UNSW professor Martin Green, who revolutionised photovoltaics, says sun’s power is ‘the best option out there’
The “father of PV” – University of New South Wales professor Martin Green – has become the first Australian to win the global energy prize from a shortlist that included Tesla’s Elon Musk.
UNSW said Green had been selected from 44 contenders from 14 countries by a committee of leading scientists to share the $820,000 prize with Russian scientist Sergey Alekseenko, an expert in thermal power engineering.
It said Green was honoured for revolutionising the efficiency and cost of solar photovoltaics, and making it the lowest-cost option for bulk electricity supply.
Green, the director of the Australian Centre for Advanced Photovoltaics, is a leading specialist in both monocrystalline and polycrystalline silicon solar cells.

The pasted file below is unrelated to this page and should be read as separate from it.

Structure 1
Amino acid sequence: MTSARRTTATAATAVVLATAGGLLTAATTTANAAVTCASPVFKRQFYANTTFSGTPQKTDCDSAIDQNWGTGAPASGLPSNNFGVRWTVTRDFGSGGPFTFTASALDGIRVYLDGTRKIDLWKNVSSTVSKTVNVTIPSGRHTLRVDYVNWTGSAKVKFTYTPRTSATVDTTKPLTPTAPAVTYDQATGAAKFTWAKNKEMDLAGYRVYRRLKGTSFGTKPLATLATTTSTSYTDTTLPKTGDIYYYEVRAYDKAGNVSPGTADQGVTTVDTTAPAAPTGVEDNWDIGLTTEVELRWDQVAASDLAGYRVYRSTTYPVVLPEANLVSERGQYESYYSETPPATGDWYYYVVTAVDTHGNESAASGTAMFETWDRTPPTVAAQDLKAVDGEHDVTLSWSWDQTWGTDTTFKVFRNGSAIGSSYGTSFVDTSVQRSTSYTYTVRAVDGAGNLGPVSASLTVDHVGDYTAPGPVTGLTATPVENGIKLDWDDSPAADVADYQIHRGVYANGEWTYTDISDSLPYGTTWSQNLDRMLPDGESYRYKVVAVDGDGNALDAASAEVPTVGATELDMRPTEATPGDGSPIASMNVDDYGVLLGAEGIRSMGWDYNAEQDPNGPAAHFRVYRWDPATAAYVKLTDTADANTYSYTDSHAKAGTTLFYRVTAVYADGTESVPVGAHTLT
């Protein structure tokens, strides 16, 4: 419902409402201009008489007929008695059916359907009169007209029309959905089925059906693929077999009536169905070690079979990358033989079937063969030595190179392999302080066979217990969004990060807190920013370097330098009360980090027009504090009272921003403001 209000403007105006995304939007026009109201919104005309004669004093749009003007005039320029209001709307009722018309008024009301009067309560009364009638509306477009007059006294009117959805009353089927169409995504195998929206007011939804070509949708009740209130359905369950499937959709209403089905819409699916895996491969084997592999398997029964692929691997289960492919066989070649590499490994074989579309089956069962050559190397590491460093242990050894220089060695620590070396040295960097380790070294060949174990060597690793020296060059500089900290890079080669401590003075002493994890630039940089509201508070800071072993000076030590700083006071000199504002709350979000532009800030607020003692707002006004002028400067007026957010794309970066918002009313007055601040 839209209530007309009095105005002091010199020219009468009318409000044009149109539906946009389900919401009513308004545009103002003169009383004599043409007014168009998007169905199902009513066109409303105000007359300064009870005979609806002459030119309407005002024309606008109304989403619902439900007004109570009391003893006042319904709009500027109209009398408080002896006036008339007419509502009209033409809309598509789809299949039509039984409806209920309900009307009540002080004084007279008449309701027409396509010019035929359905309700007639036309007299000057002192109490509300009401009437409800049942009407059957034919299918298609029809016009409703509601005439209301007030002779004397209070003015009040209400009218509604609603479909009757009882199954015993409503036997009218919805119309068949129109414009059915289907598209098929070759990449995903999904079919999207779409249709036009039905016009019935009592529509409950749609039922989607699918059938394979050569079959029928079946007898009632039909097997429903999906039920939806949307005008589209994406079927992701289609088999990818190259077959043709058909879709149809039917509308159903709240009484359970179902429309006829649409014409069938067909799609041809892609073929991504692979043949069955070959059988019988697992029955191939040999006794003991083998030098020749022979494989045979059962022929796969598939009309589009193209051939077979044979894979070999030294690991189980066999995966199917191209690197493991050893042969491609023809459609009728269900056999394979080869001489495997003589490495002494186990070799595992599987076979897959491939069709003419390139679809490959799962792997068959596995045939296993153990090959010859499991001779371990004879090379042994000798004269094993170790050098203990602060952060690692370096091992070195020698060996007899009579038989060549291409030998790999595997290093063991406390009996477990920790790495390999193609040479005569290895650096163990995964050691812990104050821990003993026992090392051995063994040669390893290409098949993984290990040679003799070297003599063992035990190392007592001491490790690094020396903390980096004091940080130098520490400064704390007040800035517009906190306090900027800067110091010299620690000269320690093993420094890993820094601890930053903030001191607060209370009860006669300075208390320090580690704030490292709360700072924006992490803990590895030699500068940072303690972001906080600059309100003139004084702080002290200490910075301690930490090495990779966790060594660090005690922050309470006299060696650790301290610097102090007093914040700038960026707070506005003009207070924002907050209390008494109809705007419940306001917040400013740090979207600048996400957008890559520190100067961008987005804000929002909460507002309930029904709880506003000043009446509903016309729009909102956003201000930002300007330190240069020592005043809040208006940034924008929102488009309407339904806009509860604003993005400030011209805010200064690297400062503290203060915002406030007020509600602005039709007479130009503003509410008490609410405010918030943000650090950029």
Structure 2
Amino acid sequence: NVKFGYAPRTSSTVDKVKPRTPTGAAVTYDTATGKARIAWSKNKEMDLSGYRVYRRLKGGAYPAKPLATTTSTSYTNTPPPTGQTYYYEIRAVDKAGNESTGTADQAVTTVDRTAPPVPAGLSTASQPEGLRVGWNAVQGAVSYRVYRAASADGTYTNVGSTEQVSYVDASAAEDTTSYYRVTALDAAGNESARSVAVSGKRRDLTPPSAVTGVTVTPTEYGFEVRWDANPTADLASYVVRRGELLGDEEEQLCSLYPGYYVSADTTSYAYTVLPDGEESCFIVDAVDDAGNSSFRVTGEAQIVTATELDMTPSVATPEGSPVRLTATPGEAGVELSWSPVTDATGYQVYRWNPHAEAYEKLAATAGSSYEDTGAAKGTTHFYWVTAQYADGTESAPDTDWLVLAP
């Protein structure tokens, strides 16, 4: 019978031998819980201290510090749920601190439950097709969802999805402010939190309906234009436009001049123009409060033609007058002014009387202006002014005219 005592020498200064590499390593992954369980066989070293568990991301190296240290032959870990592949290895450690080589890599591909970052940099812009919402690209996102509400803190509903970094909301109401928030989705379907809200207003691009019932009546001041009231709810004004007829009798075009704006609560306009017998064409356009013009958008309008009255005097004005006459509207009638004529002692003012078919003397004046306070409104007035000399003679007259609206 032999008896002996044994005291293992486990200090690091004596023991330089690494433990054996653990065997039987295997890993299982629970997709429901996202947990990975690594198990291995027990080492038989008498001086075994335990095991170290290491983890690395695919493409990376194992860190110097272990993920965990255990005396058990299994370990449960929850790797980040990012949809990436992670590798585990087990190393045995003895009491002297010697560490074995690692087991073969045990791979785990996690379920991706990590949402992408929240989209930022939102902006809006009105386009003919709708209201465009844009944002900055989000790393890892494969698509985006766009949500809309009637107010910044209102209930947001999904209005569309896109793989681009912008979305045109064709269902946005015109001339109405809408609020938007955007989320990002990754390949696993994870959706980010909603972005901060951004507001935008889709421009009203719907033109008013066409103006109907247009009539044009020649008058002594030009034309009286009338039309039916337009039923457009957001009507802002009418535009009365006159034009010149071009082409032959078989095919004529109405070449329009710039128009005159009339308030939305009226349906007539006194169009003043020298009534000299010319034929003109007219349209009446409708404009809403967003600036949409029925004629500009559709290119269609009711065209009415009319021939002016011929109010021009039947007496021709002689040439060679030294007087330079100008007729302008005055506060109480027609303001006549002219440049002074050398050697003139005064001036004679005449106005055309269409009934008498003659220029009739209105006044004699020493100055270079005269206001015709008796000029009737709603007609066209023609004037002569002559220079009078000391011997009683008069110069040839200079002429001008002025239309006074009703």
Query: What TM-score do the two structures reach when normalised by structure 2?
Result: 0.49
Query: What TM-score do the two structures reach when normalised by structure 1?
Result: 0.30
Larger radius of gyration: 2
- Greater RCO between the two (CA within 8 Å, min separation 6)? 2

In 1989, his team supplied the solar cells for the first photovoltaic system with an energy conversion efficiency of 20%. In 2014 he headed the development team that first demonstrated the conversion of sunlight into electricity with an efficiency of 40%.
Green also invented the PERC solar cell, which accounted for more than 24% of the world’s silicon cell manufacturing capacity at the end of 2017.
The research group he founded at UNSW – the largest university-based PV research group in the world – is broadly credited with driving the enormous reductions in costs in solar PV, largely through the work of Green’s students in establishing manufacturing centres in Asia.
“Not everyone would agree with that attribution,” said Green in an interview with RE on Friday, adding that Tesla’s Musk would have been his pick for the prize for his crucial work of putting electric vehicles on the agenda.
Green was keen to pay tribute to his UNSW solar stablemates, Zhengrong Shi, who left Australia to form Suntech Power in the US, and Stuart Wenham – the “Einstein” of the solar world, who died, aged 60, in December 2017.
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